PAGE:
Listed Building

The only legal part of the listing is the address/name of site. Addresses and building names may have changed since the date of listing – see ‘About Listed Buildings’ below for more information.


Status: Designated


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Date Added
Local Authority
Scottish Borders
Planning Authority
Scottish Borders
NT 64192 20075
364192, 620075


Circa 1815. Symmetrical 2-storey and attic 3-bay classical house on raised basement. Cream sandstone ashlar; rusticated pilaster quoins; base and cill courses; eaves cornice with balustrade above, corner dies with ball finials; moulded architraves; frieze and cornice to ground floor windows; winodws to all bays on each floor; segmental-headed dormers. Coursed whinstone basement with cream ashlar dressings.

NE (FRONT) ELEVATION: 3-bay; moulded cill courses, central bay slightly advanced with parapet containing blank panel. Central stair with broader lower tread and sweeping cast-iron railings supported on whinstone wall oversailing basement recess; Roman Doric distyle corniced and balustraded porch with ball finials; pilasters frame tripartite doorpiece with 4-pane sidelights flanking flush-panelled door (Edinburgh handle) and decorative fanlight; tripartite window above with classically moulded hoodmould, but no further architrave. Flanking bays detailed as above. Dormer to each bay.

NW AND SE (SIDE) ELEVATION: 3 closely grouped bays, detailed as above. SW (REAR) ELEVATION: 3-bay, detailed as above; top-lit piended and flat-roofed later basement services project into area, terminating at retaining wall to SW. Dormers to outer bays (altered to left), and skylight to centre. 12-pane timber sash and case winodws, 4-pane to dormers. Piend and platform roof; rendered stacks with octagonal cans. Cast-iron downpipes.

INTERIOR: loby leads to inner top-lit staircase hall with delicate neo-Classical plasterwork; Dining Room to N with sideboard recess framed by Corinthian pilasters and cornice, Doric chimneypiece.

WALLED GARDEN AND OUTBUILDINGS: large rectangular walled garden with ashlar-coped rubble walls (approx 2m high) immediately to S of house; entrance through N wall next to gabled greenhouse; piend-roofed garage in NW corner with open NW end and outbuildigns to S.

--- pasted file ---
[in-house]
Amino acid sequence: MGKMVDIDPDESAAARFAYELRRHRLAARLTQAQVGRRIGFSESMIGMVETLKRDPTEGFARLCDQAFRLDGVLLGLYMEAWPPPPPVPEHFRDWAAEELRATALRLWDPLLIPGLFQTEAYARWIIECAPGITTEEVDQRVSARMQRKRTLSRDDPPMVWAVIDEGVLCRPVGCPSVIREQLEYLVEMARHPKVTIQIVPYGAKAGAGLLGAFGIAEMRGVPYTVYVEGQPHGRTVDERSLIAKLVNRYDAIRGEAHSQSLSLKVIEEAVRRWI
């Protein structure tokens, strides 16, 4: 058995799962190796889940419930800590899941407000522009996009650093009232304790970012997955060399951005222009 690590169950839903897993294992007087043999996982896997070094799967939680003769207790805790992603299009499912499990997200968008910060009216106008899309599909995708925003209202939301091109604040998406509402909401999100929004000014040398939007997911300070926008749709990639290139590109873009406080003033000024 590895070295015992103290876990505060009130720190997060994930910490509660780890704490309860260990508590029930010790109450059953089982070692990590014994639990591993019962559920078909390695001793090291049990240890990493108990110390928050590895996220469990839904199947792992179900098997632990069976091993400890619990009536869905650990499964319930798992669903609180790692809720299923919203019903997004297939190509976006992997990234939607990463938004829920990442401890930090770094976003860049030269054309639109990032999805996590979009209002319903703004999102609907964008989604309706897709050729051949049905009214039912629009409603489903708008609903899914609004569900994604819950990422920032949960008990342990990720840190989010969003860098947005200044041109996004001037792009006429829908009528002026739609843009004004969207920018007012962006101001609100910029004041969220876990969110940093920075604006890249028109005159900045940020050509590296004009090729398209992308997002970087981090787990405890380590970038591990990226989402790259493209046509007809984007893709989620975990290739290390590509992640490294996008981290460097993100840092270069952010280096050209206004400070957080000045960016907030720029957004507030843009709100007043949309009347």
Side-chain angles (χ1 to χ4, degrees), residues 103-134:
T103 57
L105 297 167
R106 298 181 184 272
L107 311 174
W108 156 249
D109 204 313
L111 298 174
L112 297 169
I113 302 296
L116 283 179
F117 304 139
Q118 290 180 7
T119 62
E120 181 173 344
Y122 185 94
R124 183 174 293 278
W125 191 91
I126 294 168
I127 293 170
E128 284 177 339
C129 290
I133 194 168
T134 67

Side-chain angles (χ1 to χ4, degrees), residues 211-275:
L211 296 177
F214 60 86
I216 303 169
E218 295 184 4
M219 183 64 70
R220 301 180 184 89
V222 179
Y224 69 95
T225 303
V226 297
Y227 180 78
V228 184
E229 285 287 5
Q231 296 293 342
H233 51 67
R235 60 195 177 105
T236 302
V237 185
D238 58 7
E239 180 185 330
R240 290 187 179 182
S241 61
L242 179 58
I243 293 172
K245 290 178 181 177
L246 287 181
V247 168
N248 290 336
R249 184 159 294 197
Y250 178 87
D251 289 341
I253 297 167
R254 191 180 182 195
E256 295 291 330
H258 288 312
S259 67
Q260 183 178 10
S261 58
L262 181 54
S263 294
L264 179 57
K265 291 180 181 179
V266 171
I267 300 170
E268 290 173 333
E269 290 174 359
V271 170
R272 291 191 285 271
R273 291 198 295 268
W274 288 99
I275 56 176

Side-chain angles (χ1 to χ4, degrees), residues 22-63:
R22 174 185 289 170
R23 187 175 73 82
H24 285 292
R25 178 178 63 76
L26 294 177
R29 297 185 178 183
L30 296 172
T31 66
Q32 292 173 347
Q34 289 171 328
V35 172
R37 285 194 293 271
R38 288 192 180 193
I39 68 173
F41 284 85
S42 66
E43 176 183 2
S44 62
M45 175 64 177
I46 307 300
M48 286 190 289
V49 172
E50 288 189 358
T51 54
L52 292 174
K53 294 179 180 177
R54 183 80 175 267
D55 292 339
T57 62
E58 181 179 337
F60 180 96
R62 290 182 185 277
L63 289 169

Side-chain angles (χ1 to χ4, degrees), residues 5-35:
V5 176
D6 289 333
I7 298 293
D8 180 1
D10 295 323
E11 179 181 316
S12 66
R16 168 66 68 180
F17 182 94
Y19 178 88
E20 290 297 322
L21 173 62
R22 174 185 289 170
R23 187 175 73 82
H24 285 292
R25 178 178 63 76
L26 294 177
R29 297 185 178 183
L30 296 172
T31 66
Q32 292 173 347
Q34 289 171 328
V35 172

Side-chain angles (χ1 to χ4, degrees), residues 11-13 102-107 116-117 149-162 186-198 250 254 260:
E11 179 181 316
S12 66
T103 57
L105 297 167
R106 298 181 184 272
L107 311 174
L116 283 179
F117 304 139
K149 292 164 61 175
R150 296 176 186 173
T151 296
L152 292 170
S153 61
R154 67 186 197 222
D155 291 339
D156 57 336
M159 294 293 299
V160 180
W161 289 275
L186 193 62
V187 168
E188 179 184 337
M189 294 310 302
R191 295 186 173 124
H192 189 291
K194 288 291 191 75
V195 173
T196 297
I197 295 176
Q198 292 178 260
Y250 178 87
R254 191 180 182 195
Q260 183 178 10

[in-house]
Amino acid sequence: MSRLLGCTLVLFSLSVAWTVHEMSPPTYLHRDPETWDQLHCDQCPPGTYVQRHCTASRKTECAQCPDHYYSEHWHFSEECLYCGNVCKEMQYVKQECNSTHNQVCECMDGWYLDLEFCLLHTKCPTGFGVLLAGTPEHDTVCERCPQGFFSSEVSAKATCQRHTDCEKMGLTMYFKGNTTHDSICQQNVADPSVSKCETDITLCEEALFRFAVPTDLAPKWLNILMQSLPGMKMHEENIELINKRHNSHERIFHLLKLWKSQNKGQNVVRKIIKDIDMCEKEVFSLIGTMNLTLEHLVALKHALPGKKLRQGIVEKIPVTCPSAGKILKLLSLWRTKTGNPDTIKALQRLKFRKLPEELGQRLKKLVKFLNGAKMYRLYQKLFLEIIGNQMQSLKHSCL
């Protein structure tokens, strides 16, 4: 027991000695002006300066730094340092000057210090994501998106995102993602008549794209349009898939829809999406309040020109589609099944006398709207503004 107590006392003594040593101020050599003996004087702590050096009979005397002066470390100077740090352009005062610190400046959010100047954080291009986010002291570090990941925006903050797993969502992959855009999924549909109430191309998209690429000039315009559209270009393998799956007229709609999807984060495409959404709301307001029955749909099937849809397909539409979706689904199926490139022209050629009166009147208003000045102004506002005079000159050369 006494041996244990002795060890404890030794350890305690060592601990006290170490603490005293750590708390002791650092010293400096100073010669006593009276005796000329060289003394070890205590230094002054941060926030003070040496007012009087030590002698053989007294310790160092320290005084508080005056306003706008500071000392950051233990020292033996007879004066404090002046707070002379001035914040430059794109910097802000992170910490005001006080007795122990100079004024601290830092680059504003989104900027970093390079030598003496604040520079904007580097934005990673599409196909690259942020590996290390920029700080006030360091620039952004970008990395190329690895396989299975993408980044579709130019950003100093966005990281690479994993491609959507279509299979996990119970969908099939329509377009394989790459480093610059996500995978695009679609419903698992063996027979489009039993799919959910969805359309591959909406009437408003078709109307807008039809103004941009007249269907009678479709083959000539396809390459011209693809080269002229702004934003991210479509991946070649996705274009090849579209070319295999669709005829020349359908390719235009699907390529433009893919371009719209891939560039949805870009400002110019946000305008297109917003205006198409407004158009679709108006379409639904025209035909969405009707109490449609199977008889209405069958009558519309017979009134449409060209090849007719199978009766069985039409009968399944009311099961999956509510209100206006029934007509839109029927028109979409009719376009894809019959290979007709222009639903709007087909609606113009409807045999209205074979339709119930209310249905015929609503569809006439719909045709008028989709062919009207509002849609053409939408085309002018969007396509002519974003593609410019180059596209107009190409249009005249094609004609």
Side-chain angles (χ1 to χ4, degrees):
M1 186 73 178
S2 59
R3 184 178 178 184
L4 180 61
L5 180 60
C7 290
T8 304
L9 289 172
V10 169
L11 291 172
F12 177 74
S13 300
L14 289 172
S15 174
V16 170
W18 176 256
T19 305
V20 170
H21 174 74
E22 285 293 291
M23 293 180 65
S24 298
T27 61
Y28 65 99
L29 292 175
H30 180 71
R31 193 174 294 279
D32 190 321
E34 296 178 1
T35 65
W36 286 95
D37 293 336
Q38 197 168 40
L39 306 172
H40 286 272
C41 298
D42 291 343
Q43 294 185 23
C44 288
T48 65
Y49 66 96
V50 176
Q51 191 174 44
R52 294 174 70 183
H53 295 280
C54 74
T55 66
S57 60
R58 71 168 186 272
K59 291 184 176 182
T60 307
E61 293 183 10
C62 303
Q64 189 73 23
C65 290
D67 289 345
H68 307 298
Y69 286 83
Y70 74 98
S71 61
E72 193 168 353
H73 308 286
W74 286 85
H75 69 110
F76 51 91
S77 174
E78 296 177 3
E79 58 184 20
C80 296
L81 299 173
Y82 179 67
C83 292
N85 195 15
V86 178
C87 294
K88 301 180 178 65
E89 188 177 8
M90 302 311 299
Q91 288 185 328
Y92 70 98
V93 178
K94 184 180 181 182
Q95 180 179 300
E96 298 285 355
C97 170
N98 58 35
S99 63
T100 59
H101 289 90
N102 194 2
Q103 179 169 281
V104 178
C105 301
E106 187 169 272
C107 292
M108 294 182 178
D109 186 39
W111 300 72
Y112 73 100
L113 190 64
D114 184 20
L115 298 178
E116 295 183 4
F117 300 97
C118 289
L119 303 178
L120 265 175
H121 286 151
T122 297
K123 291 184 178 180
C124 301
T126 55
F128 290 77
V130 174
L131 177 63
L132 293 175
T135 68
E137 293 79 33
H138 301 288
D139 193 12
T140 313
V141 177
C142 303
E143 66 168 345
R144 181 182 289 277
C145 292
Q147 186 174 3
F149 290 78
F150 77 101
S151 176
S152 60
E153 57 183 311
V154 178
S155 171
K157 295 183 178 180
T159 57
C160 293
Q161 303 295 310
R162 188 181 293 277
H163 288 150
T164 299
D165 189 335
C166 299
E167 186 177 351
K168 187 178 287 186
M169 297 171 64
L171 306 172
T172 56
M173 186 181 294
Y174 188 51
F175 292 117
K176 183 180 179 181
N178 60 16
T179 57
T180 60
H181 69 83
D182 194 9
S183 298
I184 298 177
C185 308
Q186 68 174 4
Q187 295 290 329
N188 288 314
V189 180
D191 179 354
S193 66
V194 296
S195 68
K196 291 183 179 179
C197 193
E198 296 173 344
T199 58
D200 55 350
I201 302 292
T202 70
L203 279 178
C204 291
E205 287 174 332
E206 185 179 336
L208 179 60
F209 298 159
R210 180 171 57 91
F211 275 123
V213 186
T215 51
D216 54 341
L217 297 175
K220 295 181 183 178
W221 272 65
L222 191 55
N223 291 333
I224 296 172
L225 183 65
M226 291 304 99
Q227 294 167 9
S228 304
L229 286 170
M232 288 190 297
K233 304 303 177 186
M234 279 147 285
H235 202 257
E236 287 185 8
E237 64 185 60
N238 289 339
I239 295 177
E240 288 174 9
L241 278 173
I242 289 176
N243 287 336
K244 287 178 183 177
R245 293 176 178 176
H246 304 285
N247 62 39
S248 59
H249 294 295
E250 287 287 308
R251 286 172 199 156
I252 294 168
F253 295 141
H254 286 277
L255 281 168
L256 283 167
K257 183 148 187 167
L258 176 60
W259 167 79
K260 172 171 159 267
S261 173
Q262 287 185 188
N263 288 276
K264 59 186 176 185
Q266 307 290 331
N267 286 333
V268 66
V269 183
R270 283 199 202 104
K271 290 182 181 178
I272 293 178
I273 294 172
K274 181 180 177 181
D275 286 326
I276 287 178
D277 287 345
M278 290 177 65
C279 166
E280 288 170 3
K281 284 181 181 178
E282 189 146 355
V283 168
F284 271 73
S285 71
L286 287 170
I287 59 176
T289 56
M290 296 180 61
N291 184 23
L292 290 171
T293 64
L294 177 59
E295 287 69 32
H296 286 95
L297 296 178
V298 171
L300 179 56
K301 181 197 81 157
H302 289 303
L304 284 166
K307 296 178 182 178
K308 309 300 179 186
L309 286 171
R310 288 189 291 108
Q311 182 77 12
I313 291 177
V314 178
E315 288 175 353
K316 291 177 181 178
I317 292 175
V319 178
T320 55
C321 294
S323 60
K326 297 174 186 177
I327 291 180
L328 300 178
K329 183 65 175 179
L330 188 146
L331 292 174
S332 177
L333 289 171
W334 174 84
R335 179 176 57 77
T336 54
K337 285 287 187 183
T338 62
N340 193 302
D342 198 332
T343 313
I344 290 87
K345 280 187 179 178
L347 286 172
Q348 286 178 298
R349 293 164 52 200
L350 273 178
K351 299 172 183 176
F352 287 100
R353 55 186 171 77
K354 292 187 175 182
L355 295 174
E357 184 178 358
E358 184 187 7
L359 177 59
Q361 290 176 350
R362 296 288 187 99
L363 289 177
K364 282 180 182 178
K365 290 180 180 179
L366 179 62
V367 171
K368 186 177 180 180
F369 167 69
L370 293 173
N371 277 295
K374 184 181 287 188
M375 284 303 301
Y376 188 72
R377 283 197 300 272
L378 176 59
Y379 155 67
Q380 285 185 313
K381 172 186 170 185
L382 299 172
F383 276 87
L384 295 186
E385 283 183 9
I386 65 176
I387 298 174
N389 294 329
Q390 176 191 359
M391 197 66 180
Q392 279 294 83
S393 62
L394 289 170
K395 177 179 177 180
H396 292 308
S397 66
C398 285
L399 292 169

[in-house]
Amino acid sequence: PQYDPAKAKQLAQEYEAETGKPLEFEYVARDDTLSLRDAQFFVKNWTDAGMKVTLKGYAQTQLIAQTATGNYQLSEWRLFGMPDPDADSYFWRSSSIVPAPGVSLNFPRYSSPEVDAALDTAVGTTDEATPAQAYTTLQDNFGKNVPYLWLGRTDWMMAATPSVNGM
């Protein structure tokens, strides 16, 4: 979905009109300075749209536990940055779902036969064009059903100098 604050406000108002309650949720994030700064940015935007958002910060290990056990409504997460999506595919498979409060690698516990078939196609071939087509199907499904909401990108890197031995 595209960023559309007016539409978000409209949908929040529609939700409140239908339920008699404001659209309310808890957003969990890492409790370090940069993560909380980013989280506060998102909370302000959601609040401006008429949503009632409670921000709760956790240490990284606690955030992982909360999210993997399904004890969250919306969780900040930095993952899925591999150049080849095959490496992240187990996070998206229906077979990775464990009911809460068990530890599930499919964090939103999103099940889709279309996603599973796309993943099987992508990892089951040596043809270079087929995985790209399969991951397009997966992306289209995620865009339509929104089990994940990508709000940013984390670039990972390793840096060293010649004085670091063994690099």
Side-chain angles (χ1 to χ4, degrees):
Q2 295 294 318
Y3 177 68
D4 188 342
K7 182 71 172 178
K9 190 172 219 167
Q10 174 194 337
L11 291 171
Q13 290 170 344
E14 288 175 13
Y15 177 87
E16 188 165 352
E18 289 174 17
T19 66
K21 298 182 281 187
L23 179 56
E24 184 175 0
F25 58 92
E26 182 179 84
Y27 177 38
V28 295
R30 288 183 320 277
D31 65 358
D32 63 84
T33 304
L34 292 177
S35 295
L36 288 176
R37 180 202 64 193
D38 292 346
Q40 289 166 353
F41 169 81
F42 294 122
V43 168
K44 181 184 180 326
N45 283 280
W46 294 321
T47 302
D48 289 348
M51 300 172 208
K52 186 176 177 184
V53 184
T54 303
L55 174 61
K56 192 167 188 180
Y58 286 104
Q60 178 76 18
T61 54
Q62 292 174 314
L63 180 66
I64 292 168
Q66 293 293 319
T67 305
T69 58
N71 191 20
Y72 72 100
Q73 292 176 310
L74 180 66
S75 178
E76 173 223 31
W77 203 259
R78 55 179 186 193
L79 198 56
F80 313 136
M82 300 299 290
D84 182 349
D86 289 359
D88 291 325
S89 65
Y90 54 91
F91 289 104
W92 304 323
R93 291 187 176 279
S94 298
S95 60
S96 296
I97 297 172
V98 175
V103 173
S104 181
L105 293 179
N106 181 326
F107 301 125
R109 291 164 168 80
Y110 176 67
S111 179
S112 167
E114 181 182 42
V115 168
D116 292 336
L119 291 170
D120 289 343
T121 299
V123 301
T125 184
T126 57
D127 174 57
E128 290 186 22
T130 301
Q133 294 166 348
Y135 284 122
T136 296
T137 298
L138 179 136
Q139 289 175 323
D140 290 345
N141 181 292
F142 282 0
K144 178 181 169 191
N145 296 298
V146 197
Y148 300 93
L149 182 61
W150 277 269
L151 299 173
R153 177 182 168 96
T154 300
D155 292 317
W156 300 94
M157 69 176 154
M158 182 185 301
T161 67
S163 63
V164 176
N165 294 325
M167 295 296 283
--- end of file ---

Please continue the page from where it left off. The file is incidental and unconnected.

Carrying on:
GATEPIERS AND RAILINGS: to W, square ashlar piers with ball finials and wrought iron gate leading to stables.

Statement of Special Interest

The house was built for a Mr Ormiston. It has been quite reasonably attributed to William Elliot of Kelso, who designed Chesters, 2.5 miles to the NW. The interior bears considerable similarities with Bonjedward House, just N of Jedburgh (see separate listing). B Group with lodge, entrance gates and stables see separate listings).



Charles Strang BORDERS RIAS Guide (to be published). James Macaulay


About Listed Buildings

Listing is the way that a building or structure of special architectural or historic interest is recognised by law through the Planning (Listed Buildings and Conservation Areas) (Scotland) Act 1997.

We list buildings of special architectural or historic interest using the criteria published in the Historic Environment Scotland Policy Statement.

The information in the listed building record gives an indication of the special architectural or historic interest of the listed building(s). It is not a definitive historical account or a complete description of the building(s). The format of the listed building record has changed over time. Earlier records may be brief and some information will not have been recorded.

The only legal part of the listing is the address/name of site. Addresses and building names may have changed since the date of listing and if a number or name is missing from a listing address it may still be listed. Listing covers both the exterior and the interior and any object or structure fixed to the building. Listing can also cover structures not physically attached but which are part of the curtilage of the building, such as boundary walls, gates, gatepiers, ancillary buildings etc. The planning authority is responsible for advising on what is covered by the listing including the curtilage of a listed building. Since 1 October 2015 we have been able to exclude items from a listing. If part of a building is not listed, it will say that it is excluded in the statutory address and in the statement of special interest in the listed building record. The statement will use the word 'excluding' and quote the relevant section of the Historic Environment Scotland Act 2014. Some earlier listed building records may use the word 'excluding', but if the Act is not quoted, the record has not been revised to reflect current legislation.

If you want to alter, extend or demolish a listed building you need to contact your planning authority to see if you need listed building consent. The planning authority advises on the need for listed building consent and they also decide what a listing covers. The planning authority is the main point of contact for all applications for listed building consent.

Find out more about listing and our other designations at You can contact us on 0131 668 8716 or at


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Printed: 18/03/2019 20:06